Wisconsin took possession, still down 28-21, with 2:25 left in the game at its own 20-yard line. Five plays later, Bollinger and the Badgers faced a 4th-and-18 at their own 48-yard line. Bollinger promptly completed a 27-yard pass to Brandon Williams for a first down. Four plays later, the Badgers were again one play away from a loss, staring at 4th-and-10 at the Colorado 29-yard line. Bollinger this time hit wideout Darrin Charles for 28 yards to the Colorado one yard line. With 51 seconds to play, Bollinger did the honors himself, tying the game with a one-yard run.

In overtime, the Colorado offense, which had gone into a shell after Chris Brown left the game with a concussion, was useless. Three plays lost four yards, leaving Buff hopes in the hands of Pat Brougham. Brougham, who had missed three field goals against Oklahoma in the Big 12 title game, was not close from 45 yards out. Three conservative plays later, Mike Allen connected for Wisconsin from 37 yards, and the Buffs had lost consecutive games for the first time all season.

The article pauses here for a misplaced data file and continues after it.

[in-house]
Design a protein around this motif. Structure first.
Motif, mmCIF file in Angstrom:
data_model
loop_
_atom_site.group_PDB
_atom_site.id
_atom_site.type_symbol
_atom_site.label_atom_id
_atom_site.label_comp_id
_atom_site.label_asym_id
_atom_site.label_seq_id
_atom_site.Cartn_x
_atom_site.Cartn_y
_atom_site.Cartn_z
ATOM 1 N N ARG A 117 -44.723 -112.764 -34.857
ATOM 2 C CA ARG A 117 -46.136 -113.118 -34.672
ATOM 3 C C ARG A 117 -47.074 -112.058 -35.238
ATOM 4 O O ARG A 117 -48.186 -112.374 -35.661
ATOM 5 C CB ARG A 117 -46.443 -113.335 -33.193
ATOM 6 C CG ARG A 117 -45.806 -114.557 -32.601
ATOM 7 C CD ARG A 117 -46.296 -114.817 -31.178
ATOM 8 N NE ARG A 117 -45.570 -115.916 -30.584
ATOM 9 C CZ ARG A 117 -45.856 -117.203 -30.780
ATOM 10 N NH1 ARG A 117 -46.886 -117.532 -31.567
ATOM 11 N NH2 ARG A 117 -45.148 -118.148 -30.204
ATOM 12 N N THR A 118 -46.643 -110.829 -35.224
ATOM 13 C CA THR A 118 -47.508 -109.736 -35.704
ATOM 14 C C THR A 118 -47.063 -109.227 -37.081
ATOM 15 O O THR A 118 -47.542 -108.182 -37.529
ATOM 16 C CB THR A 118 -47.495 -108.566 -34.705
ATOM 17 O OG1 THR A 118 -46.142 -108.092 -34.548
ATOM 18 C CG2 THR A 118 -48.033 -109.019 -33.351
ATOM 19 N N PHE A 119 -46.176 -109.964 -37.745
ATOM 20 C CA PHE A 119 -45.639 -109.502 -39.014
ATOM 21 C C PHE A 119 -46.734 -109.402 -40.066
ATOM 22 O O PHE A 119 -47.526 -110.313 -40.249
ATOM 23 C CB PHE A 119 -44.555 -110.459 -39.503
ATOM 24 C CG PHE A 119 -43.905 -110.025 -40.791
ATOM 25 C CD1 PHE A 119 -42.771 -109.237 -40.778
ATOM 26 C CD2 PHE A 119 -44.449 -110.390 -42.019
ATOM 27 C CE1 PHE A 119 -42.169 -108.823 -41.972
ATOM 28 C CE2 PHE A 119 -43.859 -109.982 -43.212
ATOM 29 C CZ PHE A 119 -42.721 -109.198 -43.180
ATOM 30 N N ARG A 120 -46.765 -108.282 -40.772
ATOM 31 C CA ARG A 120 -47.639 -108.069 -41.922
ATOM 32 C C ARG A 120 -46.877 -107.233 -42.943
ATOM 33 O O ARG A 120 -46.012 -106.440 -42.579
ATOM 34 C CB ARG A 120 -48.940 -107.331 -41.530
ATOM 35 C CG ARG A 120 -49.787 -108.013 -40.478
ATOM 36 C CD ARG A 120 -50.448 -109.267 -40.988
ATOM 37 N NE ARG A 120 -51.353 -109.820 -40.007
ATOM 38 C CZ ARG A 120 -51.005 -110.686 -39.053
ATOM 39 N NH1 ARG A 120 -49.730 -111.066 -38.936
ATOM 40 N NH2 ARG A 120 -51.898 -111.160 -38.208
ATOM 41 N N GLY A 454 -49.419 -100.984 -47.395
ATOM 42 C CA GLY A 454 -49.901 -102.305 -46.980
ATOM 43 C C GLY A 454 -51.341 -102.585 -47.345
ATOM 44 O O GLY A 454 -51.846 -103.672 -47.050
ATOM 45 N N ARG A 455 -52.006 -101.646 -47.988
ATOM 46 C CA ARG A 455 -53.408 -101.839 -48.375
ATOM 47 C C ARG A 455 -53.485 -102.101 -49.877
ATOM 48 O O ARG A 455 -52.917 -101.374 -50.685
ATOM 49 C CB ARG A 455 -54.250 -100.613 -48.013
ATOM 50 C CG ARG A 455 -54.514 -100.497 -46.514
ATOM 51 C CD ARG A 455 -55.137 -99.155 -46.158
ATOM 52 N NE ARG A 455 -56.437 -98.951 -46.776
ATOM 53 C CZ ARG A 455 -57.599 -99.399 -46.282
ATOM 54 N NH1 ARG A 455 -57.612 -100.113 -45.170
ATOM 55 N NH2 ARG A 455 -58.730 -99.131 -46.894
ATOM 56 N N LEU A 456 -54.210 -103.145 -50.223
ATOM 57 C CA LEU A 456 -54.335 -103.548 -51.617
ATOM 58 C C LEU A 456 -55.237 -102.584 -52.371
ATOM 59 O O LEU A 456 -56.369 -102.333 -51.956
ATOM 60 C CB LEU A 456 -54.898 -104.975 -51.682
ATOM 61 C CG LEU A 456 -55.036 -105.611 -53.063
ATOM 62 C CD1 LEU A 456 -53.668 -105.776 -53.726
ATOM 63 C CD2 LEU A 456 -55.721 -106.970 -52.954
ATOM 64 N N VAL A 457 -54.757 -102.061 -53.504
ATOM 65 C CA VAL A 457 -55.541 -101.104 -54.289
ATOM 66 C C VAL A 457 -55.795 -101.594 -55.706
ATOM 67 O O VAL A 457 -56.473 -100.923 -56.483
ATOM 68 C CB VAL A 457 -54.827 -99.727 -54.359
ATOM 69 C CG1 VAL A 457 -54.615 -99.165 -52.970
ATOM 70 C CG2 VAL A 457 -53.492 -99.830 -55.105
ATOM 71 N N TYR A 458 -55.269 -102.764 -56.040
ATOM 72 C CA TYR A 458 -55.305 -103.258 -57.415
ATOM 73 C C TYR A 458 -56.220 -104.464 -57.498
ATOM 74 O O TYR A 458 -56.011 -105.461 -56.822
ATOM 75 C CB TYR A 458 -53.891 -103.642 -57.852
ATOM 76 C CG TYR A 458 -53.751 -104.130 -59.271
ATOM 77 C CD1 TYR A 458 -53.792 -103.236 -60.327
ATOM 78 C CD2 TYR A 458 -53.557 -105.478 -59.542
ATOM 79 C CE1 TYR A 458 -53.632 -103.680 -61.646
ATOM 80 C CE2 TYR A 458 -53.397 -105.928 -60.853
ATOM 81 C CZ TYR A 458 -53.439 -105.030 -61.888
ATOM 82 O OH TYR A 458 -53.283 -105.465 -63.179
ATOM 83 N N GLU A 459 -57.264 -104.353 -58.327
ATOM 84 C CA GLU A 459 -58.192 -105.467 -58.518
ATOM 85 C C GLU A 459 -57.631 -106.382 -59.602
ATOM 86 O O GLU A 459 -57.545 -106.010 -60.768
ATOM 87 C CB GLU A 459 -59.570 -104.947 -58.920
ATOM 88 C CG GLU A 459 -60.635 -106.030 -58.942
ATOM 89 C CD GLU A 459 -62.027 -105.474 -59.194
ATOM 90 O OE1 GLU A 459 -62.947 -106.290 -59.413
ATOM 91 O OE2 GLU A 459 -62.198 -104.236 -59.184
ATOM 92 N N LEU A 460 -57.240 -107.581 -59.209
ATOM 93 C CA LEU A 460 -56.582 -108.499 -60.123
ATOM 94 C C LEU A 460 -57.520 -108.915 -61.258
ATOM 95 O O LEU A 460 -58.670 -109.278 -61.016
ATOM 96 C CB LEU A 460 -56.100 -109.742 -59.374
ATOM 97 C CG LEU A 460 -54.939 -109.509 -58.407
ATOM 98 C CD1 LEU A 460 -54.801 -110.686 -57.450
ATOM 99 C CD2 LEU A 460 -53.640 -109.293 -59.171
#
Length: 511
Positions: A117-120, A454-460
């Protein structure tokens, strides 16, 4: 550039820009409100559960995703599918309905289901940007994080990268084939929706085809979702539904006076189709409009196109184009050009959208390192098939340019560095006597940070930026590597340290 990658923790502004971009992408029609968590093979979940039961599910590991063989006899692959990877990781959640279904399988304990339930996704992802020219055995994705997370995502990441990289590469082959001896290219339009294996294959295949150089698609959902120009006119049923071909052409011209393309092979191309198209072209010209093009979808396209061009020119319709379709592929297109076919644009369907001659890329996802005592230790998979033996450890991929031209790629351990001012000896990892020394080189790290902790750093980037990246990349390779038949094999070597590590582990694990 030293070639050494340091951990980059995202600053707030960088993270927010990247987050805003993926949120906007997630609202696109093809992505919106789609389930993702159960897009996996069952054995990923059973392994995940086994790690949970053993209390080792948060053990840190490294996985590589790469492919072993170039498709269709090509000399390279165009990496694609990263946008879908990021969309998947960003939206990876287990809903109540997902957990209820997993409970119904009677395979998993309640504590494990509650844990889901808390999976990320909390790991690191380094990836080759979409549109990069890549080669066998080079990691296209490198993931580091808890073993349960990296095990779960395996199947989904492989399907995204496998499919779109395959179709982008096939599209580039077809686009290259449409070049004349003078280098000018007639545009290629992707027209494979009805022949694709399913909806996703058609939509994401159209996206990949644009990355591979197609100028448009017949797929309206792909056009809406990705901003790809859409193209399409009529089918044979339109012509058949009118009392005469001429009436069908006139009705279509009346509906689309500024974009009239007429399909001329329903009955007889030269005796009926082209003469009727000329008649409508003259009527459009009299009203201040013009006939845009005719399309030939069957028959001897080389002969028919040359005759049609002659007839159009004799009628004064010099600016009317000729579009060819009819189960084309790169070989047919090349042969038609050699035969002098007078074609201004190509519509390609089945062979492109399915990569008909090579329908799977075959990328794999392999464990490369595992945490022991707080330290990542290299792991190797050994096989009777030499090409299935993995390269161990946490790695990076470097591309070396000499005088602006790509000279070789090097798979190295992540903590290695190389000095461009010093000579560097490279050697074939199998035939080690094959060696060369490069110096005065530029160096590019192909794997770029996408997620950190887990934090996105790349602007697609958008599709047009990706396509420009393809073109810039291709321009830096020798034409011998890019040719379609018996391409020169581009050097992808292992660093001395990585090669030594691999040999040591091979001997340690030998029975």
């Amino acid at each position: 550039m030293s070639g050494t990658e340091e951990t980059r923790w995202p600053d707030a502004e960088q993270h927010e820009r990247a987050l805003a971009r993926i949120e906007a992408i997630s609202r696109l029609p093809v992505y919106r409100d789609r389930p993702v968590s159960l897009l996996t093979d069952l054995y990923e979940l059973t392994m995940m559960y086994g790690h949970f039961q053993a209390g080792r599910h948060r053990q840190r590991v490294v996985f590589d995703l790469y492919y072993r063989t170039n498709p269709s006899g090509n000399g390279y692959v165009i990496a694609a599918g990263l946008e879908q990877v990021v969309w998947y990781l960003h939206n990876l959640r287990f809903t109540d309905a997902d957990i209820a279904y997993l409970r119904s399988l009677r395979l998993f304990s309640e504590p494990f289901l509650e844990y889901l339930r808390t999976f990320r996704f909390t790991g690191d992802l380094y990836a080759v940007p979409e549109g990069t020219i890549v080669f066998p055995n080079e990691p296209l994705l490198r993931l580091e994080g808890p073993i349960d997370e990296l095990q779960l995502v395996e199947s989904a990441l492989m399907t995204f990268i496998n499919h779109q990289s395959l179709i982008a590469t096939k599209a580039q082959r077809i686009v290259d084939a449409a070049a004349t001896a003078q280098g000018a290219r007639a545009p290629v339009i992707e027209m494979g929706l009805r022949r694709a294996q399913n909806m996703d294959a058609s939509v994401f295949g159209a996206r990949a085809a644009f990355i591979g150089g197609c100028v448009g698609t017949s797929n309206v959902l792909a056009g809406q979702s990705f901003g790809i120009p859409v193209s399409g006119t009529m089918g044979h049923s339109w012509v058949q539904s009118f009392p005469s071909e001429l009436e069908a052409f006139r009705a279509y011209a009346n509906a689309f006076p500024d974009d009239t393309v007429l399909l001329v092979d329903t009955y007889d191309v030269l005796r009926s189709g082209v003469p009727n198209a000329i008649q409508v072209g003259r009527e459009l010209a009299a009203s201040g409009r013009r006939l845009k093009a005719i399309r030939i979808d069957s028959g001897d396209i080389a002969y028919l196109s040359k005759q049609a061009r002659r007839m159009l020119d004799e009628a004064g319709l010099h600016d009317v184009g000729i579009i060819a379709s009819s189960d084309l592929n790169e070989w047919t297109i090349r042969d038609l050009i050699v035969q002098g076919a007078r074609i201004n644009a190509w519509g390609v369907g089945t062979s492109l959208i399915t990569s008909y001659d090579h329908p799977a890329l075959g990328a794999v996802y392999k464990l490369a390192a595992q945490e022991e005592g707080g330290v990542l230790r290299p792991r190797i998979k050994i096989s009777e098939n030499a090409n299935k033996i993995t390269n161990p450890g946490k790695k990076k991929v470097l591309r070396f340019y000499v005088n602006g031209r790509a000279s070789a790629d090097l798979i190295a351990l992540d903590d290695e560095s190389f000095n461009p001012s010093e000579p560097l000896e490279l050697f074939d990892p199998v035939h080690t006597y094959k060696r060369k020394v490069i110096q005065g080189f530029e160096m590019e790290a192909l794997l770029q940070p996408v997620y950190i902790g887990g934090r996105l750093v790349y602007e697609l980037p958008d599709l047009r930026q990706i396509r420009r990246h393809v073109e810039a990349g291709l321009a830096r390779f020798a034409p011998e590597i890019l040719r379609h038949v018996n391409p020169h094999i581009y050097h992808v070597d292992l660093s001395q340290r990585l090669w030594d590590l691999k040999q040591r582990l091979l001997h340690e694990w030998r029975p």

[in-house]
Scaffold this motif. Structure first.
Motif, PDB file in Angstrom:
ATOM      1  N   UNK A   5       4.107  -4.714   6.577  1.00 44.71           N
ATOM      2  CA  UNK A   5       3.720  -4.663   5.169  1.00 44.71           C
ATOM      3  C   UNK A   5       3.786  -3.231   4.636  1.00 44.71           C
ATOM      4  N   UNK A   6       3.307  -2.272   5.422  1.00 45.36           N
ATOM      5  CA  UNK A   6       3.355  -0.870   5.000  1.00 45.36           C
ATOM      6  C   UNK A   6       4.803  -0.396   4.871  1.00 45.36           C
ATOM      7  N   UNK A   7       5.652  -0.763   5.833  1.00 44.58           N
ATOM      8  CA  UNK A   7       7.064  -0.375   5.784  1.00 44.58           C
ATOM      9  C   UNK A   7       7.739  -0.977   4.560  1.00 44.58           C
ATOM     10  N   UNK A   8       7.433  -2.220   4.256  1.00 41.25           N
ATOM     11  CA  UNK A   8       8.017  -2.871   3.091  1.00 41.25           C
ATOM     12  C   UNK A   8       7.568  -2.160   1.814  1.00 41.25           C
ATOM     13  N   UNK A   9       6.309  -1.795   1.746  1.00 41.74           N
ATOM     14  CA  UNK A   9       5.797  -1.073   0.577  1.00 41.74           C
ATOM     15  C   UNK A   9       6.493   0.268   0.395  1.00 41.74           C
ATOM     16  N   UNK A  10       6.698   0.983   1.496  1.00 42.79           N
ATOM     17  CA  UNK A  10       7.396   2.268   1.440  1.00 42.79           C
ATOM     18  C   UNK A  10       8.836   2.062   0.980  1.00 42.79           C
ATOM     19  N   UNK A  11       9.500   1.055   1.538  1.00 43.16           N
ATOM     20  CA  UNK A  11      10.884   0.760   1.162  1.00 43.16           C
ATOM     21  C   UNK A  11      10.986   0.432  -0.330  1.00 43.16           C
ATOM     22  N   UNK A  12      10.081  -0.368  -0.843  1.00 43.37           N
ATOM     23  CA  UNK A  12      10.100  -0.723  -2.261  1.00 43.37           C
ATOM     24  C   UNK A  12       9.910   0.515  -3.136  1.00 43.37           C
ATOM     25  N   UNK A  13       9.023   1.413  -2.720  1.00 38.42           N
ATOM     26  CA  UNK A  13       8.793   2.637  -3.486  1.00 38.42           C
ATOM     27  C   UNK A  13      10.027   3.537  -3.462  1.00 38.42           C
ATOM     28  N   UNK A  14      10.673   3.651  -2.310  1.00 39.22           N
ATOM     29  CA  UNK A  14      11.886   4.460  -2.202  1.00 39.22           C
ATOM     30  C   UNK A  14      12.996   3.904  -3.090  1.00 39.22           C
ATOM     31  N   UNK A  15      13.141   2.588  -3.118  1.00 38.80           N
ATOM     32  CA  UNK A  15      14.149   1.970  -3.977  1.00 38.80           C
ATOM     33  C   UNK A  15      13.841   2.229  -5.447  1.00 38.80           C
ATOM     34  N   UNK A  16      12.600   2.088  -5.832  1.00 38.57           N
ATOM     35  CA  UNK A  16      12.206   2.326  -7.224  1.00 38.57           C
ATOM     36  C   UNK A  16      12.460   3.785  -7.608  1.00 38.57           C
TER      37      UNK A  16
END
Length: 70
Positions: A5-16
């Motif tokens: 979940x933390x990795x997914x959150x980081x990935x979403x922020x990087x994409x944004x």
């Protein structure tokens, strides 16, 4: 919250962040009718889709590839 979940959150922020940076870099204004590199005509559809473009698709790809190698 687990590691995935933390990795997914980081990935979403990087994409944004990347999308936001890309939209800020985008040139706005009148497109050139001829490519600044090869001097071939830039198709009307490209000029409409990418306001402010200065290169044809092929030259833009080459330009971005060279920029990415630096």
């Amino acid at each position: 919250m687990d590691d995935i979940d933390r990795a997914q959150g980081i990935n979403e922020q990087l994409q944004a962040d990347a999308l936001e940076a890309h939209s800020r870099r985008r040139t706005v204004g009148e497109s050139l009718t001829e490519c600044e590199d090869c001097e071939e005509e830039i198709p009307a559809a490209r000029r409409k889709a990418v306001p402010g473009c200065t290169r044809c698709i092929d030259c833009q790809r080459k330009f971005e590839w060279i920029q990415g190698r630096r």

“We had our opportunities, you know,” said junior defensive end Marques Harris. “We just didn’t come through.” Gary Barnett concurred. “We had a chance to win the game before” overtime, said the Buffs’ head coach, now 1-2 in bowl games at Colorado (1-4 overall). “Bottom line, we had chances.”

The loss left the Buffs at 9-5, falling to a final No. 20 ranking in the polls. “I’d hate to have this (loss) take away from our season,” said Barnett. Despite having overcome a 1-2 start, an 0-2 finish left a bad taste in the mouths of many Buff fans.